California’s zero emission vehicles by 2035 regulations


The official logo of California Air Resource Board (CARB). CARB works to protect California’s public from pollution and is developing programs to combat climate change. Photo via California Air Resource Board.

Paul Dorman, Reporter

On Aug. 25, 2022, the California Air Resources Board (CARB) in the State of California released a series of zero emissions regulations to be planned for all vehicles sold after 2035. The regulations became effective as soon as they were announced, affecting not only the citizens of the state on a local level but also essentially all automakers on a global scale.


CARB’s reasoning behind the decision stems from the increasing perils of California’s air pollution due to population and vehicle density. According to CARB, transportation is responsible for approximately 50 percent of greenhouse gas emissions (when accounting for fuel production emissions) and 80 percent of air pollutants in the state of California. As a result of the new changes to regulations, they state that “By 2037, the regulation [will] deliver a 25 percent reduction in smog-causing pollution from light-duty vehicles to meet federal air quality standards.” By 2040, they wish to cut all greenhouse emissions from cars, pickups, and SUVs by half the current amount.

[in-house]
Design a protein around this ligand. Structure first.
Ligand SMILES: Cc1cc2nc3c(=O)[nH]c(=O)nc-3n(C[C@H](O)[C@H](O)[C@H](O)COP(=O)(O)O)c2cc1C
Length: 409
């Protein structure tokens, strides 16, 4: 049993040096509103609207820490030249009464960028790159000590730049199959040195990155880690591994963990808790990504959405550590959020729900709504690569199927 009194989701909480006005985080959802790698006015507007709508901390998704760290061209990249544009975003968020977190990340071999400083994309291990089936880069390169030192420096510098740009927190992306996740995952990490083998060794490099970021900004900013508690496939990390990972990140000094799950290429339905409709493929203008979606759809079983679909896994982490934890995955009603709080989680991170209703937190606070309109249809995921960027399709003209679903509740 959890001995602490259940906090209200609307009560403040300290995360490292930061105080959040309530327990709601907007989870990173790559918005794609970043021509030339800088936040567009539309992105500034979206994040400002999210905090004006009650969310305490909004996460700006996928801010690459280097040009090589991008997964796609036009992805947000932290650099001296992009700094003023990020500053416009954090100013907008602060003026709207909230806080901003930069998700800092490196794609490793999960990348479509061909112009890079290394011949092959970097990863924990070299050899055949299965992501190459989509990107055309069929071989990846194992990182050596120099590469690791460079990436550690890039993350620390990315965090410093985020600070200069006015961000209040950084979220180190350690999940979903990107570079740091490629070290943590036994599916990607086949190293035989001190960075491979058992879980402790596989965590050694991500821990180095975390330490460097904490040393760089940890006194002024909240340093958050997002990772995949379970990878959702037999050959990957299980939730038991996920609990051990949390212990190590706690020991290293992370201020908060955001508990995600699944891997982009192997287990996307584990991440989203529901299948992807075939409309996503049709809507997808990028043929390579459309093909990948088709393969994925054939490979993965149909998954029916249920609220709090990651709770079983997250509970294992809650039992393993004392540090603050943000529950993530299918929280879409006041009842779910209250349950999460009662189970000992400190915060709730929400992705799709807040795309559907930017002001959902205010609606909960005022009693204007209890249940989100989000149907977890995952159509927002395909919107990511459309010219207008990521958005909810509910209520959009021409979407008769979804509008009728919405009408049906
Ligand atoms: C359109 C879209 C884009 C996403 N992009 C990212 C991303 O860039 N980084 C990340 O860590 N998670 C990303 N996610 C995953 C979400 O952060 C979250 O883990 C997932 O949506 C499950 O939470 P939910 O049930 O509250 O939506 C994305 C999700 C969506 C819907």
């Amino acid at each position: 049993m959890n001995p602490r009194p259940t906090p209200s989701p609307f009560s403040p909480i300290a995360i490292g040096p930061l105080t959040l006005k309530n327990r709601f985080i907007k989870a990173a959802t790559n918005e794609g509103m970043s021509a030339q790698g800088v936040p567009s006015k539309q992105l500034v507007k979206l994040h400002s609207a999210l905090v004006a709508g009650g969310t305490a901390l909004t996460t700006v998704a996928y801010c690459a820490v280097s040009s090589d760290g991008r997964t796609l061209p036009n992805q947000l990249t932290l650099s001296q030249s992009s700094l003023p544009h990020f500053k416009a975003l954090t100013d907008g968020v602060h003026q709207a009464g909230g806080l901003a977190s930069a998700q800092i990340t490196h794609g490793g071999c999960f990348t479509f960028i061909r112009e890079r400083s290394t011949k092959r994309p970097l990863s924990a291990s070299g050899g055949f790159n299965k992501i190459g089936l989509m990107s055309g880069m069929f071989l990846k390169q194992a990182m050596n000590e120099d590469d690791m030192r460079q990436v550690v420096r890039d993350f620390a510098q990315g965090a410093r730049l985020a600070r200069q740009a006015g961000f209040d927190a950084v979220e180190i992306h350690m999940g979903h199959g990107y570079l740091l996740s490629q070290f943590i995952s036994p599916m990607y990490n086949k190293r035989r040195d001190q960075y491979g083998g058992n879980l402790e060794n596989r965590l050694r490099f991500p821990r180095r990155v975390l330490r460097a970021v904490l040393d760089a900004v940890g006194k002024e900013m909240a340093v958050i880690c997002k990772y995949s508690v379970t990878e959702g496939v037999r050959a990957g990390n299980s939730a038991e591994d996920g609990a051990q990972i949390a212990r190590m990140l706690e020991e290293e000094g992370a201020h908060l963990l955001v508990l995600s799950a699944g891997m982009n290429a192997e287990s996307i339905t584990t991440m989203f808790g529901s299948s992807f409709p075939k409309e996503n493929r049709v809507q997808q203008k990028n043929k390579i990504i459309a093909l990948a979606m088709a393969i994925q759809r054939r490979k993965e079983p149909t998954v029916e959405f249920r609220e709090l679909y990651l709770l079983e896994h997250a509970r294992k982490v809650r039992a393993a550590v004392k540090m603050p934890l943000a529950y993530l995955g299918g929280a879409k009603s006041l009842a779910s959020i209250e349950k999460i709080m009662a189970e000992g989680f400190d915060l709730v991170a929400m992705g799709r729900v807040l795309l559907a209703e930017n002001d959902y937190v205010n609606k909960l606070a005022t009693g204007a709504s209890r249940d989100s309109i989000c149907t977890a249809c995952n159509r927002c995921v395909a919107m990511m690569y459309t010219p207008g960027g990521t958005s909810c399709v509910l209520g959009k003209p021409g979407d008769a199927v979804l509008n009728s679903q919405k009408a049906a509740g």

As for the health benefits, CARB estimates that from 2026 to 2040, the regulations will avoid nearly $13 billion in various respiratory and health impacts, including cardiopulmonary, cardiovascular diseases and respiratory illnesses such as asthma.


No new regulations will impact existing and fully legal vehicles on the road today. As a result, CARB plans to introduce further price cuts, warranties, benefits, and minimum performance requirements to push forward replacement vehicles as hard as economically possible for citizens of the state and automakers who invest in the regulations.


Other states are expected to follow suit with their regulations in the coming years as the United States slowly moves forward with climate control. As such, the country remains a fair distance away from other first-world nations, as these standards and regulations have already been introduced far before California’s. The European Union, for instance, has had regulations remarkably similar to California’s since at least 2019. Their principles are complete with almost the same guidelines, and various punishments in the form of taxation and charges are applied to companies that do not comply. It appears that the new rules of California will not be directly taxing or charging companies that refuse the new regulations.


Therefore, it remains to be seen how the state of California will handle cases of companies who refuse to comply with the regulations and whether the remainder of the U.S. as a whole can rapidly close the ever-growing regulation gap between itself and similarly established first-world countries.

Facebook Comments Box